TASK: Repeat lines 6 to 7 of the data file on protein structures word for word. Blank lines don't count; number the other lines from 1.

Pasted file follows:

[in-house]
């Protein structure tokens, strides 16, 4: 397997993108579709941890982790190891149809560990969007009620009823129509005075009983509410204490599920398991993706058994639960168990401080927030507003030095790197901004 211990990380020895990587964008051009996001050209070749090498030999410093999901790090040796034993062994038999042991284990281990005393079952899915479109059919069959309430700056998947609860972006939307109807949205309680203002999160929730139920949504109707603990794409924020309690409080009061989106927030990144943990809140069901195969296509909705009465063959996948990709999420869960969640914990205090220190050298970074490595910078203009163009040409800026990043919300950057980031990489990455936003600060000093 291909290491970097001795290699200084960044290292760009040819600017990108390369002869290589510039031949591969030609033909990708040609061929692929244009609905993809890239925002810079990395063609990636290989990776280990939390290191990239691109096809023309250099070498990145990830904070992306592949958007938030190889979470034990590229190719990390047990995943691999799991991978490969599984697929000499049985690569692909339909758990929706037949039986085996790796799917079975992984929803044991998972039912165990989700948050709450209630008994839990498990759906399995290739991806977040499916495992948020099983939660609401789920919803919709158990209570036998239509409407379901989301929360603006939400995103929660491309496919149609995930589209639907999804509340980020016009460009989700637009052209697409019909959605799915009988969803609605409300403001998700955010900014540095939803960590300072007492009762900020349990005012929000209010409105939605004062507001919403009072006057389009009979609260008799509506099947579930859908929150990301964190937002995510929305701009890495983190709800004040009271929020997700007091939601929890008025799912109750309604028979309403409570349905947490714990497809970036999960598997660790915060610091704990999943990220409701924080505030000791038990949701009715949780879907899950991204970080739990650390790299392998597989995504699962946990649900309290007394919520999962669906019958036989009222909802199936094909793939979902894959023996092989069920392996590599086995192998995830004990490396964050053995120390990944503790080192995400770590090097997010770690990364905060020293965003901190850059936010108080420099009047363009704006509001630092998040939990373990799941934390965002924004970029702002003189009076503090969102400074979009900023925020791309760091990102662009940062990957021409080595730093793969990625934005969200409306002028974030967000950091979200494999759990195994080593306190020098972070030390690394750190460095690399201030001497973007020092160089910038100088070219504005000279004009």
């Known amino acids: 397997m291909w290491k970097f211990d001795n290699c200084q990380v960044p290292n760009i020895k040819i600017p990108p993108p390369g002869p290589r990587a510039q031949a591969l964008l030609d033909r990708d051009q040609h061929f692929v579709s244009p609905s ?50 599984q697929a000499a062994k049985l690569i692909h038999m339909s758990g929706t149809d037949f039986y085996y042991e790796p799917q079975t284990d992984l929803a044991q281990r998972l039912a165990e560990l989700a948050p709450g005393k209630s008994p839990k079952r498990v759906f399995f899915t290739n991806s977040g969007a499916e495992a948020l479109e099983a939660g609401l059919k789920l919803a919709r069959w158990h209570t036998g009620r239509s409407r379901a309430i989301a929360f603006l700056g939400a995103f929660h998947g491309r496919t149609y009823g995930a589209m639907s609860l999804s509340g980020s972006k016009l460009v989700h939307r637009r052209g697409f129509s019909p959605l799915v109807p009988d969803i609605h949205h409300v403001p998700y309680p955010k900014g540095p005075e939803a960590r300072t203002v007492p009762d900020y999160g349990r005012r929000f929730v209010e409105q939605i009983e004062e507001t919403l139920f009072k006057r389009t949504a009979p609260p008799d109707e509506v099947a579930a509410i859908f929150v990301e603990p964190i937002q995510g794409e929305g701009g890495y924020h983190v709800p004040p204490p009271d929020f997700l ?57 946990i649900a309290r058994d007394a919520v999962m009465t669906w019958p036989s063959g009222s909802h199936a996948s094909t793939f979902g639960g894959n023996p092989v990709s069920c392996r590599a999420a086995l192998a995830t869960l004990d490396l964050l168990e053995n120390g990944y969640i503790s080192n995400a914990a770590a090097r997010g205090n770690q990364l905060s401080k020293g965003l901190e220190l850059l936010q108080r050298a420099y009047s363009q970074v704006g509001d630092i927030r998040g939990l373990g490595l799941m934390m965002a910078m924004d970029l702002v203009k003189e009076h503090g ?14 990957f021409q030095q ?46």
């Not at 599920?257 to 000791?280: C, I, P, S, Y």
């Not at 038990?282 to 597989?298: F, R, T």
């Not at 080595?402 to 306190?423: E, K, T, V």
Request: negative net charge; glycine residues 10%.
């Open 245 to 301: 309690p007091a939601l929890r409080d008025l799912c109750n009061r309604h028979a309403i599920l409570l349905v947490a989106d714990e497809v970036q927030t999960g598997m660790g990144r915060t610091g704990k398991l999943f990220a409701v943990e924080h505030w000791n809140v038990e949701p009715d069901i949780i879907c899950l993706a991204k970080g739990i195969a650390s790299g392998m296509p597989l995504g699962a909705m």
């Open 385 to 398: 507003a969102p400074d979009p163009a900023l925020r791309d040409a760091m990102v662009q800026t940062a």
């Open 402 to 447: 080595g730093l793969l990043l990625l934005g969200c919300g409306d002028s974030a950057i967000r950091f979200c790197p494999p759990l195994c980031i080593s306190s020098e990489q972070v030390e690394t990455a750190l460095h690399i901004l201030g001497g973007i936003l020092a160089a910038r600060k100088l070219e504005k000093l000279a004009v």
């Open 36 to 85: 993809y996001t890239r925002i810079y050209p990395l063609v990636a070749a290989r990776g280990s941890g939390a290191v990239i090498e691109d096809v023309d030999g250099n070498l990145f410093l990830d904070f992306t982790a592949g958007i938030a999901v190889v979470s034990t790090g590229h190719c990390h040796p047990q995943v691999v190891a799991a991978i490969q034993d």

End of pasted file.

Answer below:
């Not at 080595?402 to 306190?423: E, K, T, V």
Request: negative net charge; glycine residues 10%.